Is A 30 Year Or 15 Year Mortgage Really Best?
Is a 15 or 30 year mortgage the best choice?
There are a number of term options available to borrowers seeking both purchase mortgages and refinance loans today. There are 30 and 15 year mortgage loans, and even 20, and sometimes 10 year mortgages. So what’s the difference, and what quirks might mean the best option for you isn’t what you think?
The Lure of the 15 Yr Fixed Mortgage Rates
15 year fixed rate mortgage loans have often been a common selection of more financially set borrowers. A 15 year home loan obviously means paying off your home in half the time of a 30 year loan. That means no long term debt. Becoming free of housing payments ahead of retirement, and not leaving a family home encumbered by date to heirs.
However, the biggest lure of 15 yr fixed mortgage rate loans is often lower interest rates. Shorter loan terms can be seen as less risky to lenders as there is less time during which circumstances can change. This is generally rewarded with lower interest rates. There are other options such as 25, 20, and even 10 year loans, but the variances in rates are often negligible compared to the contrast between 15 and 30 yr fixed mortgage rate loans.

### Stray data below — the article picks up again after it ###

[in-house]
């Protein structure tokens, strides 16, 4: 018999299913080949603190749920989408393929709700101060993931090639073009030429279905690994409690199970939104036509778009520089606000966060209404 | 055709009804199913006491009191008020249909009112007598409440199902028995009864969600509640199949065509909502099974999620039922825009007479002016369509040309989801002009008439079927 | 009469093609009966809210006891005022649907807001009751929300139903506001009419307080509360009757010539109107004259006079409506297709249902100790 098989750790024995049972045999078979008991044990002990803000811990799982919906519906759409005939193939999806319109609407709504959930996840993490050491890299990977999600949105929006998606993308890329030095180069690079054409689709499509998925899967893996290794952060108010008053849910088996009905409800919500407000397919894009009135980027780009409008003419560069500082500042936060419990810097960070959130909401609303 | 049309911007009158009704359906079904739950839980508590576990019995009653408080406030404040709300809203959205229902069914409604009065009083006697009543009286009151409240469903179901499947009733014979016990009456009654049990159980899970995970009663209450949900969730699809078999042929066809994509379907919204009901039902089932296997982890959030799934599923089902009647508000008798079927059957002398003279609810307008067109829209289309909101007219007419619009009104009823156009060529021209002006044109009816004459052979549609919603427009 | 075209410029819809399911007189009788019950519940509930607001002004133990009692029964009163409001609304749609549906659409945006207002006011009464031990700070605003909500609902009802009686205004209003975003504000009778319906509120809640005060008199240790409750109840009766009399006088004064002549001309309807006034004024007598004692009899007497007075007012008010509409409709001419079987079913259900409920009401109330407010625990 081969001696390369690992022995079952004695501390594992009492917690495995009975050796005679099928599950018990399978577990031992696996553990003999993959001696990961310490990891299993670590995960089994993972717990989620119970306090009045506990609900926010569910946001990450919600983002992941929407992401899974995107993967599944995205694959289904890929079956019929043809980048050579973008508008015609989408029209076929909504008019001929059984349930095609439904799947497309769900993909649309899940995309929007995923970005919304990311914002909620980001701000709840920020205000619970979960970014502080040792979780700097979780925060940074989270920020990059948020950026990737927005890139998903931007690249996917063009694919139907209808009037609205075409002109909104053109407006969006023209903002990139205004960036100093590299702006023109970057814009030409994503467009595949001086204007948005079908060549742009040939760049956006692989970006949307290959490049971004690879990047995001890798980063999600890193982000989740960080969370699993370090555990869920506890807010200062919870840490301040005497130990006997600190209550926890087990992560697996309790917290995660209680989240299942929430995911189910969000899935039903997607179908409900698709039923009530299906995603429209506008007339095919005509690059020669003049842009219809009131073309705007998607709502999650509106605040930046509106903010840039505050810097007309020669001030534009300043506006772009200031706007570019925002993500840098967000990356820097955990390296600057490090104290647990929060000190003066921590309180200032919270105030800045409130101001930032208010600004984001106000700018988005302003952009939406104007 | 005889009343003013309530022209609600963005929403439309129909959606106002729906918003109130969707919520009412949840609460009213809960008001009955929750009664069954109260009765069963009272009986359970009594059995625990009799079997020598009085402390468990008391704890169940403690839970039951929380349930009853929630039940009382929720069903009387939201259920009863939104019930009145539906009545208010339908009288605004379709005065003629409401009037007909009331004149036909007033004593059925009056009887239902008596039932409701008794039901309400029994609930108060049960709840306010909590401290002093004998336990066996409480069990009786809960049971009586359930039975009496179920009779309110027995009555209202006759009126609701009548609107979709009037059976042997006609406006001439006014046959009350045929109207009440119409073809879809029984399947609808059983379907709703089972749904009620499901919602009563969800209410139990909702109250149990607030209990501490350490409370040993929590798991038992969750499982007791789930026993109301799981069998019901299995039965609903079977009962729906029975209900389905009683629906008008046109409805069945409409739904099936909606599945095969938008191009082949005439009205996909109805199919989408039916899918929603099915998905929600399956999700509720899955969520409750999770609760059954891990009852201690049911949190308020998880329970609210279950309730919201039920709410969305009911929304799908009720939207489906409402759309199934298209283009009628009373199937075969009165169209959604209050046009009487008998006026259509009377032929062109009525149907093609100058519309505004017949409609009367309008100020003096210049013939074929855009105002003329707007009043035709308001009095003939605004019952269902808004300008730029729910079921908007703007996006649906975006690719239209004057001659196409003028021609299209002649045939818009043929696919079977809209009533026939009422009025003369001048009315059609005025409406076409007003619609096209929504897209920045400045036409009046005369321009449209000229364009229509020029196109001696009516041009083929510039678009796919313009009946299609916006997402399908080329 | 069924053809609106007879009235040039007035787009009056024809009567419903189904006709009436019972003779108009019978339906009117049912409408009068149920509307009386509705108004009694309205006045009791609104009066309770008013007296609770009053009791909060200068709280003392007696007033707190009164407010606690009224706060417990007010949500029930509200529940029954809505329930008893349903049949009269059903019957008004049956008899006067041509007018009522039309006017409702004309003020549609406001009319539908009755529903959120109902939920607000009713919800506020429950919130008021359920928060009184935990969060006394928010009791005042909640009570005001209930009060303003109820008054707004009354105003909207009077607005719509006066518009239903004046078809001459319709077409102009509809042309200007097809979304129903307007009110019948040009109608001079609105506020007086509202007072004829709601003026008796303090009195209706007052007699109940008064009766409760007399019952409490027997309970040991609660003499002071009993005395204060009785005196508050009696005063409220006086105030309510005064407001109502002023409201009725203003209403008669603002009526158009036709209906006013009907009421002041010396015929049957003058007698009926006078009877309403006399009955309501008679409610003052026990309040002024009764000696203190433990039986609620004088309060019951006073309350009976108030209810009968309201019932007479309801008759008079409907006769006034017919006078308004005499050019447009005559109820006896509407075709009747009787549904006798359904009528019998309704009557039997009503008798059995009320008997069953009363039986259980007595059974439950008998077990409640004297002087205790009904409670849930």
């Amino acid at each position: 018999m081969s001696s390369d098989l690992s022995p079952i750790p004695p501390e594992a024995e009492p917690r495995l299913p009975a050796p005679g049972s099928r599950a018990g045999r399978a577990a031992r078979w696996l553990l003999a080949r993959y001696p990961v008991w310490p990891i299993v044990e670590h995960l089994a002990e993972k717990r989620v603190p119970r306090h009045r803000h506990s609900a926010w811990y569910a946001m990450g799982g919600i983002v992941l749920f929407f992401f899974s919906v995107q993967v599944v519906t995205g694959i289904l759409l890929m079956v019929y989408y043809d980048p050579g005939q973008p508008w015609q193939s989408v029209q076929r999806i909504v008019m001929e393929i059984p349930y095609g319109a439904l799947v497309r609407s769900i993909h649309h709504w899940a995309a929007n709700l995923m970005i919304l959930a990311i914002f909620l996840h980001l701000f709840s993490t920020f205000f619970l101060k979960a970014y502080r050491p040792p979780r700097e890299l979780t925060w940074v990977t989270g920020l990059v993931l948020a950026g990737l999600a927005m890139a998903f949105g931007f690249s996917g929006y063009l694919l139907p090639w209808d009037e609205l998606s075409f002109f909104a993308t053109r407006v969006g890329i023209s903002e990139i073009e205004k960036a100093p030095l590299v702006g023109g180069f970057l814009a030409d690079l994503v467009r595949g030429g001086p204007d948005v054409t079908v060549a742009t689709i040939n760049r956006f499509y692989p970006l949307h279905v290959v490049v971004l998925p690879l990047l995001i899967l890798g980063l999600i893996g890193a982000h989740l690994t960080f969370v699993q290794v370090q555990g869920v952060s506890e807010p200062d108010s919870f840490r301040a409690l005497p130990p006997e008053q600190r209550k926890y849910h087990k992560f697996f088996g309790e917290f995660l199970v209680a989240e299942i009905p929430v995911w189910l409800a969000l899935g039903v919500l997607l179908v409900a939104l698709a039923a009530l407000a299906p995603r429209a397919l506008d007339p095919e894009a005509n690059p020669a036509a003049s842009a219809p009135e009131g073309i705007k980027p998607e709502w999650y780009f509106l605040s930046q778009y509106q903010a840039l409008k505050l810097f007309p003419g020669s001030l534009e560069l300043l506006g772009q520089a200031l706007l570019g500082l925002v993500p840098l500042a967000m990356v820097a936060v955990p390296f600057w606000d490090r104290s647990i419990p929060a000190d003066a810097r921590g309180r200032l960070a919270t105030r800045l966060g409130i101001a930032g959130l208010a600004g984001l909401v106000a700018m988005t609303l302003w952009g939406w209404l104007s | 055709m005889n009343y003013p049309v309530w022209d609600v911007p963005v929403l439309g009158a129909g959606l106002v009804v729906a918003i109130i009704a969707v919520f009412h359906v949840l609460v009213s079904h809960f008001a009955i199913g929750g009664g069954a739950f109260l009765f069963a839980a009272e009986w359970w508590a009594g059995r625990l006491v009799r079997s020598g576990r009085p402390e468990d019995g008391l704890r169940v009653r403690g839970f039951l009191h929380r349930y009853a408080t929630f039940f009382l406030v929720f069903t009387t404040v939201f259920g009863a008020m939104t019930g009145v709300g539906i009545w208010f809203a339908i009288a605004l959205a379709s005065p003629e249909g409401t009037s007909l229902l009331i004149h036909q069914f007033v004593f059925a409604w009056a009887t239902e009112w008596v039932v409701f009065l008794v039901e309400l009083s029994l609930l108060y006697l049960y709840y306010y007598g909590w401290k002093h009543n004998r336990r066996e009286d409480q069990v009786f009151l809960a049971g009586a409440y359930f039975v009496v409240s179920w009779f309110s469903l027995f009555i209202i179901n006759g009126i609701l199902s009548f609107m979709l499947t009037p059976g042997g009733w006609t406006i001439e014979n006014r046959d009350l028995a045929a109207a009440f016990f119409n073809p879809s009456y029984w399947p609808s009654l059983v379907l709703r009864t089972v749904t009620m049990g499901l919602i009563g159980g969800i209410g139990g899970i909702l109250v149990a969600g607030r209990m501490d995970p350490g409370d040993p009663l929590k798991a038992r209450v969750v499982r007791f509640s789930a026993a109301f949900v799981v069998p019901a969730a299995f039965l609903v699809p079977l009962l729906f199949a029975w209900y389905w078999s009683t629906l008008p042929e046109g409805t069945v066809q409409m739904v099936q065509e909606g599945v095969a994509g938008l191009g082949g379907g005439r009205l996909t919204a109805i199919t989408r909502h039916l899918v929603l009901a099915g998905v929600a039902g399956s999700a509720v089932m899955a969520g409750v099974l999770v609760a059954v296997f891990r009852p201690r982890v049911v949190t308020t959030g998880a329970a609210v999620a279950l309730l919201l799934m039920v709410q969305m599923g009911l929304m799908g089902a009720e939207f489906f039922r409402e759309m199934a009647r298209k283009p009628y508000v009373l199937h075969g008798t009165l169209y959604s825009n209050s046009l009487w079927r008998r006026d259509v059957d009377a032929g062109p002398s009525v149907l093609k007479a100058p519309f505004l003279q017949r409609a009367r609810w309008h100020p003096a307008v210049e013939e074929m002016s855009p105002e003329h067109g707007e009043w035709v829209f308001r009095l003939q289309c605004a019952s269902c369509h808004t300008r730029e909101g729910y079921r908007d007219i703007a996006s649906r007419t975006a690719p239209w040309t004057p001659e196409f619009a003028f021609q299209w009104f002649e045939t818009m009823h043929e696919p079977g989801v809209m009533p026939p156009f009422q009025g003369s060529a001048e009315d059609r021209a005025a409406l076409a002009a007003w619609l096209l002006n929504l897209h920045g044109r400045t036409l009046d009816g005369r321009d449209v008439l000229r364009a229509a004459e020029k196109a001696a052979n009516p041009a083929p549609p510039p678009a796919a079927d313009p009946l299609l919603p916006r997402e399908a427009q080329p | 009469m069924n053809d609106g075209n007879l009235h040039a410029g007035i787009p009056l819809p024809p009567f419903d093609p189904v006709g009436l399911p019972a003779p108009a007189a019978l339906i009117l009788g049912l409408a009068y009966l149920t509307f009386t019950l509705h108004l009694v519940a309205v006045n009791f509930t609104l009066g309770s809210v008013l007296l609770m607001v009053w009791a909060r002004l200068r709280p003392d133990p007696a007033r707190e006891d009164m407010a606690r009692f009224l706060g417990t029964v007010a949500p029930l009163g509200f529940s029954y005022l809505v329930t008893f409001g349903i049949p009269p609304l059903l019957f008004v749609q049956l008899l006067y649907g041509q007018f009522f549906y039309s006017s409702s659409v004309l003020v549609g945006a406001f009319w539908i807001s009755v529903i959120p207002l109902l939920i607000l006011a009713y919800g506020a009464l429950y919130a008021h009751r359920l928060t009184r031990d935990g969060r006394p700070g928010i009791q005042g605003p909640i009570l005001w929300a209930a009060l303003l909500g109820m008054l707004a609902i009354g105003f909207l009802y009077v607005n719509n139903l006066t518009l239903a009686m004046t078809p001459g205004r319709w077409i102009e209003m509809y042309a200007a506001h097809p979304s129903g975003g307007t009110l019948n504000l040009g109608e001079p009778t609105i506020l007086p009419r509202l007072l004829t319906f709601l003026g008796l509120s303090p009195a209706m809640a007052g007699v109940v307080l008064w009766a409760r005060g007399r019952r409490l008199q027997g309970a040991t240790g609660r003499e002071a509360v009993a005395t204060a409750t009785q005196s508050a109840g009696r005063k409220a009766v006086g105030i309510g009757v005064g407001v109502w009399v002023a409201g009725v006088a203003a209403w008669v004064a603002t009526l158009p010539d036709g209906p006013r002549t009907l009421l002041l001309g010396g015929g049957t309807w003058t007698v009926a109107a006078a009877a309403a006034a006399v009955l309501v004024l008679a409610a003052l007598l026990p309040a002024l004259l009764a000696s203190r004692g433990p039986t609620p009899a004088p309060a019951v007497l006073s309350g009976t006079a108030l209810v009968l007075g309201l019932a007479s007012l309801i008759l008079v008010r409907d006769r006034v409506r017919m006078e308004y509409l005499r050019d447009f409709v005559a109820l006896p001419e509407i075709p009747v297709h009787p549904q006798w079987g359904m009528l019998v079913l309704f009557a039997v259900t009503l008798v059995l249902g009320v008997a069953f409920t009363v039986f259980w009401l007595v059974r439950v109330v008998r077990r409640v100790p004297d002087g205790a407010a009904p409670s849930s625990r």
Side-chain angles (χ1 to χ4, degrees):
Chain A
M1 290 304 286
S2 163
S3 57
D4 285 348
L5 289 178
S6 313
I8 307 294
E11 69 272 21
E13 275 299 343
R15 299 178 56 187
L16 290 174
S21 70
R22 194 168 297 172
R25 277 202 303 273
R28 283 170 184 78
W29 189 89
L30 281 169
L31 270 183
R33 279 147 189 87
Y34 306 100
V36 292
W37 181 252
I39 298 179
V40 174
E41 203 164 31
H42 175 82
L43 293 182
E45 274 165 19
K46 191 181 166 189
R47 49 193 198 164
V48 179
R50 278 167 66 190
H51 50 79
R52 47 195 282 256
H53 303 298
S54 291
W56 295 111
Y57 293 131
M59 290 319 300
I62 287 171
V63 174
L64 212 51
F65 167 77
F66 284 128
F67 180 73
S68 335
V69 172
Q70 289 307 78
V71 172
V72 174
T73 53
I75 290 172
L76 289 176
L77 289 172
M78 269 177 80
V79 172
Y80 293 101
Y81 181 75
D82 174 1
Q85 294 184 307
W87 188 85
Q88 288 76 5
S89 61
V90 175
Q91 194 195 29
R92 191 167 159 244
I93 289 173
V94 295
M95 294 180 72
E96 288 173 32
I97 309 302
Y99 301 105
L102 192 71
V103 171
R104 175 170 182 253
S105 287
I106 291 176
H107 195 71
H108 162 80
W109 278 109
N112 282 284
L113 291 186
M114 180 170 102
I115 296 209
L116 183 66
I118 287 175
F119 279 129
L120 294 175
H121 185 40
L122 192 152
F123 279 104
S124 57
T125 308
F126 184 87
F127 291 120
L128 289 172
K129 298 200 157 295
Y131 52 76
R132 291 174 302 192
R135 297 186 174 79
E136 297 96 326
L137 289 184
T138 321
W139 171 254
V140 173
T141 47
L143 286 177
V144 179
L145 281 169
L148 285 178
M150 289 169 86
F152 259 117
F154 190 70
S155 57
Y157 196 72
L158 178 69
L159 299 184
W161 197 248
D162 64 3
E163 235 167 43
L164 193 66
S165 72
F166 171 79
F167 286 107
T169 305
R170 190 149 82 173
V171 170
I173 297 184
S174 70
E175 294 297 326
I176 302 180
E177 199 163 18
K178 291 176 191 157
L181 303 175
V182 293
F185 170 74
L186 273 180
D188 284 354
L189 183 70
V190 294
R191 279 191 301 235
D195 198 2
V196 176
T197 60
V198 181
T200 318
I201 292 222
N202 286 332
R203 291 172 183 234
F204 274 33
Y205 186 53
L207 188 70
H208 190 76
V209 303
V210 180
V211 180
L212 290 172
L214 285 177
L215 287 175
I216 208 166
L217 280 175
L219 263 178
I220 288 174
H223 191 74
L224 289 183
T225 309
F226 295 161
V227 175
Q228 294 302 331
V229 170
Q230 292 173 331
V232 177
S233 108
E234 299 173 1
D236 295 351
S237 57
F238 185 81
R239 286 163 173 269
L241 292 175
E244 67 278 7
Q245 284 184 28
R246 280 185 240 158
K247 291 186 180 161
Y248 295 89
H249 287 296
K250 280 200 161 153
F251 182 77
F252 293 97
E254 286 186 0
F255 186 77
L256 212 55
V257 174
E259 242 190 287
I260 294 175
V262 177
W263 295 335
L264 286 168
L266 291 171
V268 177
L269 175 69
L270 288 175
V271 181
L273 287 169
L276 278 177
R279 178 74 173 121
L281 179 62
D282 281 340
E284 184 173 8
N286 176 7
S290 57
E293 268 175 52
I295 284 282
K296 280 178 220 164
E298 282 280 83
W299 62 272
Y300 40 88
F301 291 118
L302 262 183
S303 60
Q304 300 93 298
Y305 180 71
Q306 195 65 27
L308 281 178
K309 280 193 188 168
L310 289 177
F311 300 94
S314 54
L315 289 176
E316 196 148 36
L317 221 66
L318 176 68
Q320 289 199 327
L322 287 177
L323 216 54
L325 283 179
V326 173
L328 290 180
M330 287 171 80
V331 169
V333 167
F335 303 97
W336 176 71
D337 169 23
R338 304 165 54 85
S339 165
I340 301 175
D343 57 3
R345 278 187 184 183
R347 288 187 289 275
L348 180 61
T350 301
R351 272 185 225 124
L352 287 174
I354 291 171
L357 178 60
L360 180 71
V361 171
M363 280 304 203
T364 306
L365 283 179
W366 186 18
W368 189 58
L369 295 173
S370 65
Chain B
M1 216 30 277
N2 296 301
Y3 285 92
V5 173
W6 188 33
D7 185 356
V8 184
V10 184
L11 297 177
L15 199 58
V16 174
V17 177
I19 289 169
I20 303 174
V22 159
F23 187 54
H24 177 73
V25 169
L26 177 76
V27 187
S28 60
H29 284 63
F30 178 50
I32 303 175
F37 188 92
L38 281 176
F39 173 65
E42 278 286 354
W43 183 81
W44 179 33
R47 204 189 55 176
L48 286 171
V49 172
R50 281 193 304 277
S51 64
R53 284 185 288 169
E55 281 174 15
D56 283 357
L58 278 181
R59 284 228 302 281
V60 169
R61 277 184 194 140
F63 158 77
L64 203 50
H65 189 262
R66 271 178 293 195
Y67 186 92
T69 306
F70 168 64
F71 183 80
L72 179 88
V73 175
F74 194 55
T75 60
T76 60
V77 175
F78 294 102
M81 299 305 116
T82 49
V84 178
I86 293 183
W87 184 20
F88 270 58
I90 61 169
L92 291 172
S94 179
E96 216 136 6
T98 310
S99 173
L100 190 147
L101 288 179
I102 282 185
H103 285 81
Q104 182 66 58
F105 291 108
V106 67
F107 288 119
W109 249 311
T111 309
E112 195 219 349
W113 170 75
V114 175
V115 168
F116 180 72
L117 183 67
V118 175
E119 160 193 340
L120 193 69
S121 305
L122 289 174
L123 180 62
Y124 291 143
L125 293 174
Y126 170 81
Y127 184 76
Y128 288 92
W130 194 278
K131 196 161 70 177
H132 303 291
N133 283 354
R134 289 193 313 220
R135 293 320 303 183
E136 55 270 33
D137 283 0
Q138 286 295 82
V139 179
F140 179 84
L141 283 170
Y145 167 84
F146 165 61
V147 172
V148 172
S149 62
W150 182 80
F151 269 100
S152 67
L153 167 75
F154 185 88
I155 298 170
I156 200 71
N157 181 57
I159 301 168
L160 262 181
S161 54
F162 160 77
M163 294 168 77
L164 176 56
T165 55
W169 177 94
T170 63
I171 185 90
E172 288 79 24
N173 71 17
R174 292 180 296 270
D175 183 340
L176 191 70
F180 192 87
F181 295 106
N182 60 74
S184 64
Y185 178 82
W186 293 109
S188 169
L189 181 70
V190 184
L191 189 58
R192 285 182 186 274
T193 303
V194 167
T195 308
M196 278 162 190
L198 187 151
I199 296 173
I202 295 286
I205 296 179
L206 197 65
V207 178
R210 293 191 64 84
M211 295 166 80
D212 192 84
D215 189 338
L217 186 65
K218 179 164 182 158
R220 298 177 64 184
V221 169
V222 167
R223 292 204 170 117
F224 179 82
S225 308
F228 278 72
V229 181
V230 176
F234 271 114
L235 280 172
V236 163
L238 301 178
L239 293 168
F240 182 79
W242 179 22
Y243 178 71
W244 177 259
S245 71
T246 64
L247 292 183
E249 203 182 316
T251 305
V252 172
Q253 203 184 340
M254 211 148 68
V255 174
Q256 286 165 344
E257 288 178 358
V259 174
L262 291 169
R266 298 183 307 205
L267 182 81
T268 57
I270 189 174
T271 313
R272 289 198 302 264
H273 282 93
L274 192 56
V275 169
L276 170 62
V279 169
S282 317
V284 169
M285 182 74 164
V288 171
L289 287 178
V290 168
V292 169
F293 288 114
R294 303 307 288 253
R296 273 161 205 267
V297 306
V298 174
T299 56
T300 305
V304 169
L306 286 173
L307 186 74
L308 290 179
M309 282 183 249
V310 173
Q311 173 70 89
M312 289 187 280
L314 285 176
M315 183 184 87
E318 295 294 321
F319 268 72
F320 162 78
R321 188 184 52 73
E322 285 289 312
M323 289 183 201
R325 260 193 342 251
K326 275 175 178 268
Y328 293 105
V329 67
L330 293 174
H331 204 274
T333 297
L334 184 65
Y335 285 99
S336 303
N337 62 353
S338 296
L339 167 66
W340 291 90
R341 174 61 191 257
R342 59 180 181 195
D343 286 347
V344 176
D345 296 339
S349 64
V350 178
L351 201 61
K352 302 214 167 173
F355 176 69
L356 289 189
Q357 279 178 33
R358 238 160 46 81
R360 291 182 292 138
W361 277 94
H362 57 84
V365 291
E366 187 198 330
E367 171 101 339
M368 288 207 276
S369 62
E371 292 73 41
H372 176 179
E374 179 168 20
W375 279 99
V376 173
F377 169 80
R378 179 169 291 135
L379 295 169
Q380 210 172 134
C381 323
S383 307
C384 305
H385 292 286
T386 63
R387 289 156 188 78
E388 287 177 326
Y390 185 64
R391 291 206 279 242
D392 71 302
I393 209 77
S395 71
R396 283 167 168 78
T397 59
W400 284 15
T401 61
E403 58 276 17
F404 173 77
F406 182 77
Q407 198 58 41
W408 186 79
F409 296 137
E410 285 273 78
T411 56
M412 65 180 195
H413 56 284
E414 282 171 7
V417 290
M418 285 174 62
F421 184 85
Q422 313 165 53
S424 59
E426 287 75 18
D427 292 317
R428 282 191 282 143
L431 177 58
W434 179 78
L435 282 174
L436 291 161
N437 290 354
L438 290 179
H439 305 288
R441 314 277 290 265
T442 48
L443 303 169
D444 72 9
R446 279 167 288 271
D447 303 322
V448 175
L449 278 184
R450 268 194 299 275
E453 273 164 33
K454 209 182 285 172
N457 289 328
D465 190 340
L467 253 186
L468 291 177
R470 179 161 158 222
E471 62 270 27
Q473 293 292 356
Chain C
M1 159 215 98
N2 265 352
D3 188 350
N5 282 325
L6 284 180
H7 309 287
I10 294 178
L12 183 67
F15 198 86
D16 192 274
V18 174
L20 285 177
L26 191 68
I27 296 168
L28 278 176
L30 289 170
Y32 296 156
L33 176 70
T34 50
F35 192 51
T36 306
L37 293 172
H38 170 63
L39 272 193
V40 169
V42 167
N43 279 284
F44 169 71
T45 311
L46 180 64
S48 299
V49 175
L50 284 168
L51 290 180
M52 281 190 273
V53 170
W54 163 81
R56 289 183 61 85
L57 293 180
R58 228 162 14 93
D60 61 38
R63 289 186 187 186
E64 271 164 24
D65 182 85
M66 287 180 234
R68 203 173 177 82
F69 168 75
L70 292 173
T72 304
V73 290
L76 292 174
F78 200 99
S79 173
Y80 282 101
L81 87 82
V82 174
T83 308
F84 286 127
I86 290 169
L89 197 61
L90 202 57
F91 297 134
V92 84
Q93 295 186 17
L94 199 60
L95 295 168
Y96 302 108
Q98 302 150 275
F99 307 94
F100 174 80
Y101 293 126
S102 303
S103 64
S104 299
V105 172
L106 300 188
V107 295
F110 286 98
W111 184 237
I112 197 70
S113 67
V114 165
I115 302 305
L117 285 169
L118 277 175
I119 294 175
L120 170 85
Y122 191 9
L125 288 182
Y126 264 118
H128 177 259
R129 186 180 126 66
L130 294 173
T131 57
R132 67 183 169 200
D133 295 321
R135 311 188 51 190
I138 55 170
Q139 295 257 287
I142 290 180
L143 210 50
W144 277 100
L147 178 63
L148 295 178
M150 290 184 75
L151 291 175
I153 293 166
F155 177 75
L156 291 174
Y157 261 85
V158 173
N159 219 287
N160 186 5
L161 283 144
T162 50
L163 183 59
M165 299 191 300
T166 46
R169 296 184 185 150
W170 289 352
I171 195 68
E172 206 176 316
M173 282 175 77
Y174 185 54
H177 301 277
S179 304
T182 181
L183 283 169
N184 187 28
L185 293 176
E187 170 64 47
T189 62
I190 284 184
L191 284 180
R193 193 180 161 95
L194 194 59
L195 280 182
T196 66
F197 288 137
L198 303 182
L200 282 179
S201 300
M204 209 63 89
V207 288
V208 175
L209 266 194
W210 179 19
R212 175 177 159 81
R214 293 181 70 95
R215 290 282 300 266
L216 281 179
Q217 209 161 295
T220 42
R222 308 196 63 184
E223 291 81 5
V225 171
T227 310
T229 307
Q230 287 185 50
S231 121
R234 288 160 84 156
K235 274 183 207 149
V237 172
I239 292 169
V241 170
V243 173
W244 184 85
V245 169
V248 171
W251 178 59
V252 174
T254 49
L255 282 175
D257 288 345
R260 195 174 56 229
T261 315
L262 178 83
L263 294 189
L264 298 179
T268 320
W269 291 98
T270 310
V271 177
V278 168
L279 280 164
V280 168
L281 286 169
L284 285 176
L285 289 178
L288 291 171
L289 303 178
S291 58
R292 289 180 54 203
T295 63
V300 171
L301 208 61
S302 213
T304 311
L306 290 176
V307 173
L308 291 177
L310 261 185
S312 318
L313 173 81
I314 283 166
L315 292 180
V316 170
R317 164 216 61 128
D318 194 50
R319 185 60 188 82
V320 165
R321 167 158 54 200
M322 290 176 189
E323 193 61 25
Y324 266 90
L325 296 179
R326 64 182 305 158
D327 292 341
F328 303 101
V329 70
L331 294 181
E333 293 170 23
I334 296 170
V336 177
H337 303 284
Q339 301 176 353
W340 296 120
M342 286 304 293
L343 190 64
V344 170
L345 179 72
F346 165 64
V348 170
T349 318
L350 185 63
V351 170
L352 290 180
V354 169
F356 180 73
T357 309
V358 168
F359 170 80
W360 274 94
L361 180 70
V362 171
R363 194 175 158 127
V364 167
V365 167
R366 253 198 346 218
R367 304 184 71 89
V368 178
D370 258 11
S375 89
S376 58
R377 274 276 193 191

The combination of few years paying interest, and lower interest rates can mean significantly lower interest paid over the life of a loan. For example; the difference in lifetime interest between a 15 year loan at 3.15% and a 30 year at 4.15% for a $350,000 loan is $172,864.
The Advantages of a 30 Yr Fixed Mortgage Rate
So if there is so much to be saved by taking a shorter term loan then why do 30 year mortgages appear to be the most popular option?
Besides generally being the default option offered to borrowers the 30 year home loan enables home buyers and those considering refinancing to borrow more money. Even with slightly higher rates, with payments spread out over twice the time, the monthly obligation is much lower. In the above example; the 30 year fixed mortgage rate would require $741 dollars less each month ($1,701 per month versus $2,442 per month). That means home buyers can buy more house for less money out of pocket each month, or tap more equity and cash if refinancing.
It is also possible for 30 year borrowers to pay off their home mortgages as fast as 15 year borrowers if they apply additional amounts to pay down the balance each year. Bi-weekly payment plans can help too. This means less financial burden and pressure during leaner and tougher times, but the ability to pay down chunks of principal when flush.
The choice is really a personal one, but it’s good to know the pros and cons of both fixed mortgage rate options.